As a software engineer in AI, it’s rewarding to work on projects that apply artificial intelligence in ways that purely, clearly help people. Vocable — a free augmentative and alternative communication (AAC) iPhone and iPad app that helps speech-impaired patients communicate with their caregivers — is that kind of a project.
The WillowTree team developed Vocable to help one of our own: former WillowTree designer Matt Kubota’s partner Ana was diagnosed with Guillain-Barré Syndrome. The rare autoimmune disorder attacked her peripheral nervous system, causing paralysis in the arms, legs, and face, leaving Ana unable to speak.
Ana and her caregivers initially looked to existing augmentative and alternative communication (AAC) devices, but the available options were either expensive and bulky, or else rudimentary and outdated (at first, she could only painstakingly communicate by blinking as caregivers pointed to individual letters on an alphabet poster).
Through head and face tracking combined with integrated conversational AI, we developed the Vocable iOS app to help nonverbal and nonspeaking individuals like Ana communicate with those around them. It’s been a powerful experience watching the app change people’s lives as they interact with the world in new ways.
Now, on the Vision Pro, Vocable has evolved into something even more powerful. Spatial computing, combined with the many accessibility features Apple gives us, brings disabled users’ virtual and physical worlds together in a singular layer. At the same time, it gives users new and familiar options for how to interact with both of those worlds.
After the first iPhone was launched in 2007, WillowTree was proud to be one of the first developers to release digital products on the App Store. We’re equally proud that Vocable is one of the first apps optimized and available on the Vision Pro App Store.
The Vision Pro has an impressive amount of accessibility options built into it, starting with eye tracking as the default for navigation.
Also by default, users can click by tapping their index and thumb together, but Vocable leverages Apple’s advanced accessibility features like Dwell Control, which allows paralyzed and immobilized users (or anyone who can’t use their hands) to navigate and click by blinking or dwelling on a portion of the interface. Head and hand tracking also bring enhanced accessibility, such as the Pointer Control feature where the finger or wrist can be used like a laser pointer.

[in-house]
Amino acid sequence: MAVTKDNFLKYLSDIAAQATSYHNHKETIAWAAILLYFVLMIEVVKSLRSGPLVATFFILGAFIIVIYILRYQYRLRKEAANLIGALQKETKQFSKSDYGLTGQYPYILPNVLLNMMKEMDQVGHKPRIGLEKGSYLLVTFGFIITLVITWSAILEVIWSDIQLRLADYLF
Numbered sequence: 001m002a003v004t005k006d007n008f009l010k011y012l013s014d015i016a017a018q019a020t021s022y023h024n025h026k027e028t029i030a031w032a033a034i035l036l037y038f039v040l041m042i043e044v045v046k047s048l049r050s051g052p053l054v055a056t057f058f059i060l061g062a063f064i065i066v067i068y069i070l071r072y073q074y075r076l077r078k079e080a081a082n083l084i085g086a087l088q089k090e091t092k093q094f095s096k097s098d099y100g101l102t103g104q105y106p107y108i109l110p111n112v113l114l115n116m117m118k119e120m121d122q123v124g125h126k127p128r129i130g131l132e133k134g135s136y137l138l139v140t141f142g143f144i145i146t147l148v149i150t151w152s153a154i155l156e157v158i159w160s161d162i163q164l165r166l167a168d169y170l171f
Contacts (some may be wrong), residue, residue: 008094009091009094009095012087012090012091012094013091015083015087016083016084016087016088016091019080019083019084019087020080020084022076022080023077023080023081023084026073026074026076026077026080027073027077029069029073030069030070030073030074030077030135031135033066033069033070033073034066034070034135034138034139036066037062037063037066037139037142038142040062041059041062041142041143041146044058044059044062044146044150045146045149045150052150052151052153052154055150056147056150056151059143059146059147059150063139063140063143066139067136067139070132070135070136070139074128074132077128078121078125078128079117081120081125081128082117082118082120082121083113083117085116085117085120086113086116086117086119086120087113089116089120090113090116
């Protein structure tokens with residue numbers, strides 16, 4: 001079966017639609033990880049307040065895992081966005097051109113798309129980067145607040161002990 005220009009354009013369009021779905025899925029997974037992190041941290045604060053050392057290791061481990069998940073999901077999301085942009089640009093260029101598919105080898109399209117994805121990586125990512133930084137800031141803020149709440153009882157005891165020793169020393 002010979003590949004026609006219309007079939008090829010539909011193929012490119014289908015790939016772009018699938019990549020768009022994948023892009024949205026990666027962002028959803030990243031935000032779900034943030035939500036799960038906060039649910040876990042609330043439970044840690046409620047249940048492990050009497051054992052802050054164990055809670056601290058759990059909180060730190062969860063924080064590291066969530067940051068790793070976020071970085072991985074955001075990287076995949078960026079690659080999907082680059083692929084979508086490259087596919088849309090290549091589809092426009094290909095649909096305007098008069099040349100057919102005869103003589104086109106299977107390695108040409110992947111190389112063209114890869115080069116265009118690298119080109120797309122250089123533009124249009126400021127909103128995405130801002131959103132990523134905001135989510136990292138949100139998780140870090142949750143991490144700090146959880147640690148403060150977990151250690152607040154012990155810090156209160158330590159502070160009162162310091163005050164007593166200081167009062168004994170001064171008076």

This means on the Vision Pro, speech-impaired individuals and users with other disabilities have greater agency over how they use Vocable and, therefore, greater ease in communicating with their caregivers.
The Vision Pro also layers Vocable’s interface — its custom menus of words and phrases — directly into the users’ field of vision. Rather than focusing on a separate screen or device, Vocable is superimposed into their first-person POV.
This makes viewing and selecting responses happen more smoothly than using any other "separate" AAC device, where constraints such as screen size and fewer accessibility options (e.g., just head and face tracking) create bottlenecks. It also allows communication-vulnerable users to remain visually engaged in the world around them.
Thanks to Vision Pro’s enhanced accessibility features, Vocable now brings speech-impaired individuals and their caregivers closer to the experience of ordinary conversation.
Just as Vocable makes communication flow more smoothly between speech-impaired people and their caregivers, the Vision Pro makes it easy for patients to flow between their physical and digital environments in one singular space.
Vision Pro essentially expands the typical laptop or desktop monitor to near-infinite real estate. That means Vocable’s semi-transparent Soundboard interface can be placed alongside other apps and windows, letting speech-impaired users communicate with others while they browse Safari, listen to podcasts, or stream videos. Wearers simply place Vocable in their virtual space, shifting their core focus to various apps or the physical world on the other side of the Vision Pro glass.
When a caregiver enters the room to ask, “What would you like for dinner?” the user can respond and then return to whatever they were doing before. This provides disabled users the same kind of spatial flexibility that an executive might enjoy while using the Vision Pro as a wearable workspace.
Skepticism about the Apple Vision Pro is understandable. It represents a convergence of new technology, unlike anything the world has seen in recent years, and the pricetag is certainly a consideration. But from a software engineering perspective, there’s so much to be excited about — and lots of reasons to be optimistic about the Vision Pro’s staying power.
To start, the technology Apple has brought to market is so far ahead of existing AR/VR headsets that the Vision Pro looks likely to reset the space. Not to mention, Apple has been seeding the technologies built into the Vision Pro for years now, showing its deep and wide-ranging potential for future applications.
That said, how the Vision Pro will evolve as Apple better understands the needs of enterprise versus consumer users probably won’t be as linear as, say, the iPhone. Businesses need to be ready with versions of their apps optimized to work across Apple’s evolving ecosystem.
If you’re ready to optimize your existing app for Vision Pro, or develop a new digital experience specifically for spatial computing use cases, WillowTree’s Vision Pro Accelerator can help. Get started by exploring our digital product and delivery services and reach out to learn more about how we can migrate and customize your mobile app to the Vision Pro.